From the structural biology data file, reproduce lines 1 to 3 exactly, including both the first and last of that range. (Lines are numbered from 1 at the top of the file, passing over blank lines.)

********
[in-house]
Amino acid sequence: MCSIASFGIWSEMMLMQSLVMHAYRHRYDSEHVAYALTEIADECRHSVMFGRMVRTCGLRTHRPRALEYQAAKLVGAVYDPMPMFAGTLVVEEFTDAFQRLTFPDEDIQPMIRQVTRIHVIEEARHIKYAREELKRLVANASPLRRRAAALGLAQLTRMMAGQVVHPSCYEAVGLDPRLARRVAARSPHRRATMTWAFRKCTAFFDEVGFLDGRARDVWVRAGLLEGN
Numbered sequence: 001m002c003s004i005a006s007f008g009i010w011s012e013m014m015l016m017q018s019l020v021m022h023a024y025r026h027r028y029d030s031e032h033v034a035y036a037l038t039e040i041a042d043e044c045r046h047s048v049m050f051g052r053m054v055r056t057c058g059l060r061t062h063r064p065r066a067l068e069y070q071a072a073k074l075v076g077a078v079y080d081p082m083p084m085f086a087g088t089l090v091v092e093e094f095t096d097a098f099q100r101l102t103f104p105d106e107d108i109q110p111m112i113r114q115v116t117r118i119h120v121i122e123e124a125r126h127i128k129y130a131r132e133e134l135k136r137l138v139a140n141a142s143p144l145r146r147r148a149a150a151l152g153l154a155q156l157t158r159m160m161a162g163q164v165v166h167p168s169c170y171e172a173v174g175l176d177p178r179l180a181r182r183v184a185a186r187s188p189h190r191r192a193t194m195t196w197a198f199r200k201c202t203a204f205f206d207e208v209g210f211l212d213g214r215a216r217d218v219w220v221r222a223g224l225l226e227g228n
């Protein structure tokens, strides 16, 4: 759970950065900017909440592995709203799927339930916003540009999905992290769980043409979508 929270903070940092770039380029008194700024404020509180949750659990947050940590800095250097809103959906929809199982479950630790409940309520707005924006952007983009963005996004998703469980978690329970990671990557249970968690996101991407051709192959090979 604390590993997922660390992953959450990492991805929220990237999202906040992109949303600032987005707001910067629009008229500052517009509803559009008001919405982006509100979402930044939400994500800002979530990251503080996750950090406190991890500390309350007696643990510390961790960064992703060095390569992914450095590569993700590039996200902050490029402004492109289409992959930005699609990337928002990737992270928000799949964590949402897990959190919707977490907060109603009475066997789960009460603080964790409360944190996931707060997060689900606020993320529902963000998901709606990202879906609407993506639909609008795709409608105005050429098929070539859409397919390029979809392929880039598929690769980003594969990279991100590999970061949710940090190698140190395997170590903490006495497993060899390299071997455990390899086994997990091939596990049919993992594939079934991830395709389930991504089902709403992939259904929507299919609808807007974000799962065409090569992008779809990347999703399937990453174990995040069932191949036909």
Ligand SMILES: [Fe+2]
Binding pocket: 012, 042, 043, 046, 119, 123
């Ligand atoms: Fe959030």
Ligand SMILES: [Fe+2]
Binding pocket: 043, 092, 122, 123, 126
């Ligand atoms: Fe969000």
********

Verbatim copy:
[in-house]
Amino acid sequence: MCSIASFGIWSEMMLMQSLVMHAYRHRYDSEHVAYALTEIADECRHSVMFGRMVRTCGLRTHRPRALEYQAAKLVGAVYDPMPMFAGTLVVEEFTDAFQRLTFPDEDIQPMIRQVTRIHVIEEARHIKYAREELKRLVANASPLRRRAAALGLAQLTRMMAGQVVHPSCYEAVGLDPRLARRVAARSPHRRATMTWAFRKCTAFFDEVGFLDGRARDVWVRAGLLEGN
Numbered sequence: 001m002c003s004i005a006s007f008g009i010w011s012e013m014m015l016m017q018s019l020v021m022h023a024y025r026h027r028y029d030s031e032h033v034a035y036a037l038t039e040i041a042d043e044c045r046h047s048v049m050f051g052r053m054v055r056t057c058g059l060r061t062h063r064p065r066a067l068e069y070q071a072a073k074l075v076g077a078v079y080d081p082m083p084m085f086a087g088t089l090v091v092e093e094f095t096d097a098f099q100r101l102t103f104p105d106e107d108i109q110p111m112i113r114q115v116t117r118i119h120v121i122e123e124a125r126h127i128k129y130a131r132e133e134l135k136r137l138v139a140n141a142s143p144l145r146r147r148a149a150a151l152g153l154a155q156l157t158r159m160m161a162g163q164v165v166h167p168s169c170y171e172a173v174g175l176d177p178r179l180a181r182r183v184a185a186r187s188p189h190r191r192a193t194m195t196w197a198f199r200k201c202t203a204f205f206d207e208v209g210f211l212d213g214r215a216r217d218v219w220v221r222a223g224l225l226e227g228n